Wednesday, Oct. 28, 2009--Miami Herald features boobs on front page.

    Probably just a coincidence.

    Image via Newseum.

    Monday, October 26, 2009

    Miami Herald circulation plummets again

    Editor and Publisher magazine reports today:
    "Circulation at many of the country's largest newspapers continued a steep slide as the Audit Bureau of Circulations Monday morning released the latest figures for the six months ending September 2009.
    "The Miami Herald reported a daily circ decline of 23% to 162,260
    [compared to Sept. 2008]. Sunday fell 14.6% to 238,613."(The Herald's web site, by comparison, continues to post gains.) [Miami-Dade County, according to the latest census figures, has a population of 2,398,245.]

    The state's largest newspaper, the St. Petersburg Times, "saw a 10 percent decline in average weekday circulation from last year, down to 240,147 (Sunday circulation was down 5 percent to 370,050)."

    In 1981 - when Miami-Dade's population was an estimated 1,732,000 - the Herald's daily circulation was 421,236 according to Time magazine.

    Saturday, October 24, 2009

    It's official: National park bears prefer minivans

    In case you didn't get your fill of bear news yesterday, here's another item we ran across today.

    According to the San Francisco Chronicle, Stewart Breck, a research biologist with the National Wildlife Research Center has co-authored a study on the vehicle preferences of black bears that inhabit the Yosemite National Park.

    The study, with the catchy title, "Selective Foraging for Anthropogenic Resources by Black Bears: Minivans in Yosemite National Park," was published in the October issue of Journal of Mammalogy.
    "They target minivans," said Breck. "They will pop open windows, peel open a door, rip out back seats. They can do a lot of damage.
    "Minivans were the first or second preference every year, accounting for 26 percent of all the break-ins. That's despite the fact that they make up only 7 percent of the vehicles parked in Yosemite Valley."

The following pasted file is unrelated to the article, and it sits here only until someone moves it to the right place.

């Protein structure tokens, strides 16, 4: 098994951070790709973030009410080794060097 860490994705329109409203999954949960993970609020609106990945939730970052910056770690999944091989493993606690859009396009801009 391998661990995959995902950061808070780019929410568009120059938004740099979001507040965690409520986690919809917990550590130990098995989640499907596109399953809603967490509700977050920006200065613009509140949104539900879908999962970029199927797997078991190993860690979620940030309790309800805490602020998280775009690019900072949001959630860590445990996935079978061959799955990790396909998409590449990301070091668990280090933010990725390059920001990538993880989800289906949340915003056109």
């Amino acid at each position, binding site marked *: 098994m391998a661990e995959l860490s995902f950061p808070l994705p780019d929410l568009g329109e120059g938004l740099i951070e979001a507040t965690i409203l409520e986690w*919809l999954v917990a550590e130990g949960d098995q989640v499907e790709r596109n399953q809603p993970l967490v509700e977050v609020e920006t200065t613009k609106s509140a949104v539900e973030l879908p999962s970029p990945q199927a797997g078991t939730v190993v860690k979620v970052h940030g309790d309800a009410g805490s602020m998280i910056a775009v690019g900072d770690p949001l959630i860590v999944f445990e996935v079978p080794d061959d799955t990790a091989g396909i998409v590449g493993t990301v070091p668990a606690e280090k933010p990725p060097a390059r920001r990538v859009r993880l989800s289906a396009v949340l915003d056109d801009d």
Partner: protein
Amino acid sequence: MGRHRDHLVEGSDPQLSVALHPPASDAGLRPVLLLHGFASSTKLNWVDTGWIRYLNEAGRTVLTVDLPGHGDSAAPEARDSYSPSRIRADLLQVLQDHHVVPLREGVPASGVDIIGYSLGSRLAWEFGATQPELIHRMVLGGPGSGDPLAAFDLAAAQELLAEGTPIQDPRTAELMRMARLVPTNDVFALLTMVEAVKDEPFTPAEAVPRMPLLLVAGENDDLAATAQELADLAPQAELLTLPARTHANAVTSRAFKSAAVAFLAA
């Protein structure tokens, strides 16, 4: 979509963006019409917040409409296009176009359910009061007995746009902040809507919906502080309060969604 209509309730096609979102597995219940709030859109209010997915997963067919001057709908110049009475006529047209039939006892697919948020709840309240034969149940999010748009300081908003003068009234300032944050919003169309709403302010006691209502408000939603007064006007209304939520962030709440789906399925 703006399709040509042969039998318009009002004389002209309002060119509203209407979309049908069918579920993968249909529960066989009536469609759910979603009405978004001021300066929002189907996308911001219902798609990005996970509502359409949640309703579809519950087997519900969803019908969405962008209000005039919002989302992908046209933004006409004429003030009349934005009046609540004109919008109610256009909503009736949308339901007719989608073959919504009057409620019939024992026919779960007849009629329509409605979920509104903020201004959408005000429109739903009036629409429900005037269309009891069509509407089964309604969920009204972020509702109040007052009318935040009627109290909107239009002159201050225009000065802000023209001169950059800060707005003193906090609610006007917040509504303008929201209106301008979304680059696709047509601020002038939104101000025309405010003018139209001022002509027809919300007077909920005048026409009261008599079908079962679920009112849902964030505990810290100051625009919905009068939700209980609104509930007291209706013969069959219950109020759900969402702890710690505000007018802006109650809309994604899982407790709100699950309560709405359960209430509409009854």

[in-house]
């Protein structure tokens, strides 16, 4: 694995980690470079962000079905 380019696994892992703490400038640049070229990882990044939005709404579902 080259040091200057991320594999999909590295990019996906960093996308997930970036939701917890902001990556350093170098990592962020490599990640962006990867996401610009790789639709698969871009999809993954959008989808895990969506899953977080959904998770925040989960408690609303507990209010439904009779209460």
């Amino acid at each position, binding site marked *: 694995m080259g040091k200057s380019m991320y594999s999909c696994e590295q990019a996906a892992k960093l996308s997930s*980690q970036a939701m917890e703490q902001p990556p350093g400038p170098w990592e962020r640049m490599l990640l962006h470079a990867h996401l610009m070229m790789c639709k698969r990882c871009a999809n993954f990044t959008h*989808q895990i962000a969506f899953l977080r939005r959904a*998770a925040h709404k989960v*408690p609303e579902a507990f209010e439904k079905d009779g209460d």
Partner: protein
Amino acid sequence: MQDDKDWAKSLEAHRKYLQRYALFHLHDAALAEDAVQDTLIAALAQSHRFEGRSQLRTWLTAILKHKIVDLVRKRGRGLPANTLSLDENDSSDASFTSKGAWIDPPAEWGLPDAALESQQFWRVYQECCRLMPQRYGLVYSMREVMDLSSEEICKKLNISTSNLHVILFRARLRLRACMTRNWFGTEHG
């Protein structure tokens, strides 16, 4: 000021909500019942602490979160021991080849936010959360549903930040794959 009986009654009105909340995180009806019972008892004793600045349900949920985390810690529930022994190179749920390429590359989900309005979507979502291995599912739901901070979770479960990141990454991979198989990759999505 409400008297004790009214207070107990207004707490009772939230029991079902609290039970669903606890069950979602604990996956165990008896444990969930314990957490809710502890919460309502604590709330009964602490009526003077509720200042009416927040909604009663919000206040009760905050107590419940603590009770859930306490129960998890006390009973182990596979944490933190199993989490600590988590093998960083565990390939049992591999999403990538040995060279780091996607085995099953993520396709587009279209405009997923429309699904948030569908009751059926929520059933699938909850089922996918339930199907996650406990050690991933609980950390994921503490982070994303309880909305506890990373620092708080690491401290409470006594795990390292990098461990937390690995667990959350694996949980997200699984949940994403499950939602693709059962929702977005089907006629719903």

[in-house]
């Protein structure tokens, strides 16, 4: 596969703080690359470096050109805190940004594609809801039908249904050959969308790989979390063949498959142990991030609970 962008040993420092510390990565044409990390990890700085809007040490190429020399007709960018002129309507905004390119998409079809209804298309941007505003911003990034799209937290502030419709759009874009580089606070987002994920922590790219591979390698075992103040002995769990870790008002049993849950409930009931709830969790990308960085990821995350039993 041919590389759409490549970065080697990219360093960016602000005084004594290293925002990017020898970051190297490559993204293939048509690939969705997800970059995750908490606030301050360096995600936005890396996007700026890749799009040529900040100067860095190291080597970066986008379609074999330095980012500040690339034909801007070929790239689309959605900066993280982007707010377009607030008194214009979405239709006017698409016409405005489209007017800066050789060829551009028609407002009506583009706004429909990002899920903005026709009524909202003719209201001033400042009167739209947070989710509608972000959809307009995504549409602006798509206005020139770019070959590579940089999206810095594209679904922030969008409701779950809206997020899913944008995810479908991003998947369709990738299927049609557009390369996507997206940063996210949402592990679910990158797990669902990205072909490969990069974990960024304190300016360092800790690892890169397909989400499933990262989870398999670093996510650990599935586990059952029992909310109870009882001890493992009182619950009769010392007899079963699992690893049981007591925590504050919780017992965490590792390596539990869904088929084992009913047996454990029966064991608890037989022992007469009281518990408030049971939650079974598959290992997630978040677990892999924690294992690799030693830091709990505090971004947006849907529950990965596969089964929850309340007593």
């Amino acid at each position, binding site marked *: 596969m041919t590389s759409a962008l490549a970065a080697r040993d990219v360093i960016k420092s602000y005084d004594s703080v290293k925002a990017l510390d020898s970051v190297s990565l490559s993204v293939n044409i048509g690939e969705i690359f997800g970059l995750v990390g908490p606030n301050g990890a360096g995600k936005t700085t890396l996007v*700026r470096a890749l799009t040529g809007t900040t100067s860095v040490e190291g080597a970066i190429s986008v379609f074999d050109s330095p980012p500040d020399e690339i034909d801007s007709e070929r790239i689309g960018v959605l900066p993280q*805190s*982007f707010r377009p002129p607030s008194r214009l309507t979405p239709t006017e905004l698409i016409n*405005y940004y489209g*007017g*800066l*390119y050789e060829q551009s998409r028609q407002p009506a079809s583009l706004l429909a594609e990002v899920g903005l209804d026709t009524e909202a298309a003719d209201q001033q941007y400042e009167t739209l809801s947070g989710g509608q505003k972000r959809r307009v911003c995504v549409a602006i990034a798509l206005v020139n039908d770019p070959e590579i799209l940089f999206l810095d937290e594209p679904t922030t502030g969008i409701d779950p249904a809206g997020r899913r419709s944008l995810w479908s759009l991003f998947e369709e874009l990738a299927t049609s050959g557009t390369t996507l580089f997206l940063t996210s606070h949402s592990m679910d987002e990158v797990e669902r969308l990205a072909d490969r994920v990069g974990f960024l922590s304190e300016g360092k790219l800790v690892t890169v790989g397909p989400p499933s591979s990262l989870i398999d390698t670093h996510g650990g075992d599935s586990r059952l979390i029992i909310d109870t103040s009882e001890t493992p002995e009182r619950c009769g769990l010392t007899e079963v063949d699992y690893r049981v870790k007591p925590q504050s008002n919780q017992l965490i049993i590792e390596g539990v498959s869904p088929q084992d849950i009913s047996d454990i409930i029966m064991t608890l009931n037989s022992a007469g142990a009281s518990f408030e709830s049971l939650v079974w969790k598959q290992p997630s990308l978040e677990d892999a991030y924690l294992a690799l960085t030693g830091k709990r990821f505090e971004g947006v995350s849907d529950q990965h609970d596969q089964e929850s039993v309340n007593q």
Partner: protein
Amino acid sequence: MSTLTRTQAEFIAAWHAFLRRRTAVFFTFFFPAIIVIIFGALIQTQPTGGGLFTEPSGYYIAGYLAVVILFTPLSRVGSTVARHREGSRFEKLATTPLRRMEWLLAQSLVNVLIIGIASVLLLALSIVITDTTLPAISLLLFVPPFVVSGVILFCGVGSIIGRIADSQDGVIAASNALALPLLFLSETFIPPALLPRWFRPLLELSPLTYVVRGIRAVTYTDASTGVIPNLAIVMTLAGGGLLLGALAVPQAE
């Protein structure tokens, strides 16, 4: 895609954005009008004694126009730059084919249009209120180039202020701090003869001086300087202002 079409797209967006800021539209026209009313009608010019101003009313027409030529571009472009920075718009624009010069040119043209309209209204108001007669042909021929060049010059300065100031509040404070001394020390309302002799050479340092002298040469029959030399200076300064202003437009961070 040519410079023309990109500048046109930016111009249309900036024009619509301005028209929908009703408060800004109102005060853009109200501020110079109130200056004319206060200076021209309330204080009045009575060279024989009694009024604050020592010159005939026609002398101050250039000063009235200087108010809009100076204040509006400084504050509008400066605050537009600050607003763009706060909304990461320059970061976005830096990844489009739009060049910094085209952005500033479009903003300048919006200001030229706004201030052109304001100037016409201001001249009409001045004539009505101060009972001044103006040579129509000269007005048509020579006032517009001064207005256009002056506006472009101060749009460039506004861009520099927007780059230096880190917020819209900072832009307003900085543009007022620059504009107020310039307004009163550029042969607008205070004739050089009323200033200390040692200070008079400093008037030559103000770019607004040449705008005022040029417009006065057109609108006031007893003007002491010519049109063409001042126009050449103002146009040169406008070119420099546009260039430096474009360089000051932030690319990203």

You've been warned!

    Friday, October 23, 2009

    The best worst campaign ad ever?

    That's what the Herald's Naked Politics blog says about this piece of cinematic artistry touting Miami mayoral candidate Joe Sanchez.

    You decide.

    One thing I do know...while the ad might not be the greatest, at least Sanchez never raised money for a terrorist.

    Ice skating bear files a grievance with his boss

    "A circus bear killed one person and injured another during rehearsals for an ice-skating show.

    "The bear, which was part of the Russian State Circus, killed Dmitri Potapov, 25, a circus director who was visiting the show in Bishkek, the capital of Kyrgyzstan. An animal handler who tried to stop the attack suffered bruising to the brain and lacerations to his scalp.

    "It is unclear why the bear, which was wearing ice skates at the time, attacked Mr Potapov."
    Previous Pissed-off Bear Gets Revenge story here.

    He's tanned, he's fit, he's relaxed....very relaxed!

    What's up with Republican governors and work?

    They're either out hiking the Appalachian Trail or resigning.

    And what about Charlie Crist?

    He's not quitting or hiking but he's not exactly working himself to death either.

    Marc Caputo and Shannon Colavecchio, of the St. Petersburg Times/Miami Herald Tallahassee Bureau reviewed Crist's schedule and found that, "since campaigning three years ago on a promise to work hard for Floridians, Gov. Charlie Crist has scheduled the equivalent of almost 10 weeks off annually."
    "Of his 1,027 days in office, there were a maximum 651.5 work days, not including weekends, holidays nor 22 days of annual leave given to state workers."
    Read the results of the Herald/Times review of Crist's work habits here and here.

    Destitute photographer shoots First family snapshot...

    (Official White House Photo by Annie Leibovitz)

    ....that looks just like your family snapshots!

    Not the usual mega-produced, impeccably lit work we normally get from Annie.

    And all this time you thought your family snapshots sucked big-time. But using this as a guideline, you've been doing everything right.

    Don't you feel better about your pictures now?

    The caption says the photo was taken on Sept. 1, 2009; the week Annie had other things on her mind.

    photo via White House Flickr page